Israeli PM Benjamin Netanyahu convened senior ministers Sunday to discuss ways of fighting boycott and divestment initiatives proliferating in Europe and worldwide. Present at the meeting were Netanyahu, Foreign Minister Avigdor Lieberman, Economics Minister Naftali Bennett, and Strategic Affairs Minister Yuval Steinitz.
The main proposal under discussion was prepared by Yossi Kuperwasser, Director of the Ministry for Strategic Affairs, and other participants in the meeting included representatives of the Mossad, Shin Bet and the Coordinator of Government Activities in the Territories (COGAT).
Israeli media has reported that "the discussion was held in secret", with an imposed "media blackout" meaning that even the offices of participating ministers were "not even officially willing to confirm that the meeting took place".
There is a difference of opinion between Steinitz and the Israeli Ministry of Foreign Affairs (MFA), with the former pushing for a more proactive and confrontational approach. Steintz's proposal means "invest[ing] substanial resources" in a public campaign, to the tune of "100 million shekels". This would pay for "PR materials and aggressive legal and media campaigns against pro-boycott organizations".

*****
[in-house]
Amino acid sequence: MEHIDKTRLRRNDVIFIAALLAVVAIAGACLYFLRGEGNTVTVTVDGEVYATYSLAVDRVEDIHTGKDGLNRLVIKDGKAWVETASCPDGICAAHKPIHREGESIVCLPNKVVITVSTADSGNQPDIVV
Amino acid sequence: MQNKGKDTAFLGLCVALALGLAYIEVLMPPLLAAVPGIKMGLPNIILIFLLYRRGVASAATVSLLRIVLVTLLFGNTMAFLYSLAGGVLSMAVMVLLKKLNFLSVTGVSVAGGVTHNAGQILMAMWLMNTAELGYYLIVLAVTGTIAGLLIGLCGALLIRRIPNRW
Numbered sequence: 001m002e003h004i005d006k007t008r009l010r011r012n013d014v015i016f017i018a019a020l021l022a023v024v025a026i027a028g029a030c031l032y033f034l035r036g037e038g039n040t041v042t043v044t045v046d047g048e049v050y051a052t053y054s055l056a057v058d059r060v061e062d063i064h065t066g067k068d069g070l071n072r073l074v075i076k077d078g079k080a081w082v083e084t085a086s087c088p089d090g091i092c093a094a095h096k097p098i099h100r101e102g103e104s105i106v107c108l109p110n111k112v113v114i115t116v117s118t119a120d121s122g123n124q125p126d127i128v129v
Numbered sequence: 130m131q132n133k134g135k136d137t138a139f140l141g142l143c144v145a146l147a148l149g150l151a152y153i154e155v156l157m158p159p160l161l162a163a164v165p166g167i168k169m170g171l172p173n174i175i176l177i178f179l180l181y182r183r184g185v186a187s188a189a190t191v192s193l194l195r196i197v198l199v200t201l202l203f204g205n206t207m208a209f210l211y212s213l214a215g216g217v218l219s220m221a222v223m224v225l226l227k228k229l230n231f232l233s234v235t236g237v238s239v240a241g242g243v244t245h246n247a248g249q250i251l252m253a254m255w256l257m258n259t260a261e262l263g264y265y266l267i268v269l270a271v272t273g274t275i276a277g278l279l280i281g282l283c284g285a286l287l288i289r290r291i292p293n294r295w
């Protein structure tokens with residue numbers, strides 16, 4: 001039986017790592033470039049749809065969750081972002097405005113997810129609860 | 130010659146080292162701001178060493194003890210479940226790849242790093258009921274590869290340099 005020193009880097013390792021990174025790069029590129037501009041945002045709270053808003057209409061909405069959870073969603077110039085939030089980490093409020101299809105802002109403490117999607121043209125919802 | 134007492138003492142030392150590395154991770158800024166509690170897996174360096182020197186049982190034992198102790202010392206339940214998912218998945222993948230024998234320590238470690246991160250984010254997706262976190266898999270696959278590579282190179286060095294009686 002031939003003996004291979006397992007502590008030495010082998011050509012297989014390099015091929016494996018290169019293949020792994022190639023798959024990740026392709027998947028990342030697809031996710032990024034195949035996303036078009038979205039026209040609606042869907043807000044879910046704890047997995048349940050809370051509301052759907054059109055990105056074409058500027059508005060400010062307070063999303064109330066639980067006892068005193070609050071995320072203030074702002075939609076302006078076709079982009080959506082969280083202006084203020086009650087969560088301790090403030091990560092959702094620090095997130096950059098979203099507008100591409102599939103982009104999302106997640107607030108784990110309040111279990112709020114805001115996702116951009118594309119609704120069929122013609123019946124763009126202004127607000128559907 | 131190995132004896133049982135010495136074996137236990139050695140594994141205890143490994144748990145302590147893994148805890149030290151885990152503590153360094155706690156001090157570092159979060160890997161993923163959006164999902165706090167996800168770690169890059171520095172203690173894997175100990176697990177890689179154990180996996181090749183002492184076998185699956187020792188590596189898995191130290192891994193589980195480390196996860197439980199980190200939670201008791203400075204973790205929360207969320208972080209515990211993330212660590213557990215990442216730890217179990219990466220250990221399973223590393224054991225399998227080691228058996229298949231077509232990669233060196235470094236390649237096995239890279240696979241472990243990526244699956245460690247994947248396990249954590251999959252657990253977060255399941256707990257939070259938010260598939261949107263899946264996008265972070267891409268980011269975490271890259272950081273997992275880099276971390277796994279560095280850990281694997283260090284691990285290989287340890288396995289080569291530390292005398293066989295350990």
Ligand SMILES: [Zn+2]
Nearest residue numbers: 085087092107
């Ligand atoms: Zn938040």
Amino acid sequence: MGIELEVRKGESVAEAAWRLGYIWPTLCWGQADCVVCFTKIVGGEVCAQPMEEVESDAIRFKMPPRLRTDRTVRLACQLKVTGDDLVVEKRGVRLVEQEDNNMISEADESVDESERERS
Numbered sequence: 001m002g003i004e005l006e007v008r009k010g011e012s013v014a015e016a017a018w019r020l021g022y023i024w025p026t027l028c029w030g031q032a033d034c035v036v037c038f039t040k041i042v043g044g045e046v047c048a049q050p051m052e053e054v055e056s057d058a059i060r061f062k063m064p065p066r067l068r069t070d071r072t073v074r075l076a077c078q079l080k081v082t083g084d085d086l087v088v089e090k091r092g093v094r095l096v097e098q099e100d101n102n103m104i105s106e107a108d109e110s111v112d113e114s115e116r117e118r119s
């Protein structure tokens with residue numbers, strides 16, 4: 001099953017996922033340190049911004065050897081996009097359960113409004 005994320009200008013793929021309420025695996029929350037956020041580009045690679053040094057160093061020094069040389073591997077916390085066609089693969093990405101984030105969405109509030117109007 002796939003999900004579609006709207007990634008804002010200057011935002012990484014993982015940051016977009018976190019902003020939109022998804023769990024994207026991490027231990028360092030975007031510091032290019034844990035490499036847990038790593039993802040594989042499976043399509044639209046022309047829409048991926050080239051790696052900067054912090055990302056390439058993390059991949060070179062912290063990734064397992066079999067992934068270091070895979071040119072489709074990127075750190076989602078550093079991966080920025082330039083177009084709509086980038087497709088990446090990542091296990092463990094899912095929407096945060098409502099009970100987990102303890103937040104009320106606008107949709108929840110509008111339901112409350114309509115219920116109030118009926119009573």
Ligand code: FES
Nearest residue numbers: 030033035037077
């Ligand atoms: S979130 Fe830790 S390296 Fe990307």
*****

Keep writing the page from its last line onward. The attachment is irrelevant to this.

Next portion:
The MFA, meanwhile, is said to prefer "quieter, diplomatic channels", judging that "a public campaign against [BDS activists] will only play into their hands, bolstering them." According to The Jerusalem Post, Lieberman promised last week "that within some 45 days the public would see the plan Israel has in place to fight the boycotts."
Ideas apparently discussed by senior ministers included lawsuits "in European and North American courts against [pro-BDS] organizations" and "legal action against financial institutions that boycott settlements...[and complicit] Israeli companies". There is also the possibility of "encouraging anti-boycott legislation in friendly capitals around the world, such as Washington, Ottawa and Canberra", and "activat[ing] the pro-Israel lobby in the U.S." for such a purpose.
Another topic was the question of "a lack of knowledge and inefficient tracking by Israeli intelligence of pro-BDS organizations". Although Steinitz's Strategic Affairs Ministry "has provided the Israel Defense Forces' intelligence department a budget of several million shekels for the purpose of bolstering military surveillance of such organizations", reports Haaretz, "the need for the prime minister to instruct the Shin Bet Security Service and the Mossad on the efforts is likely to come up."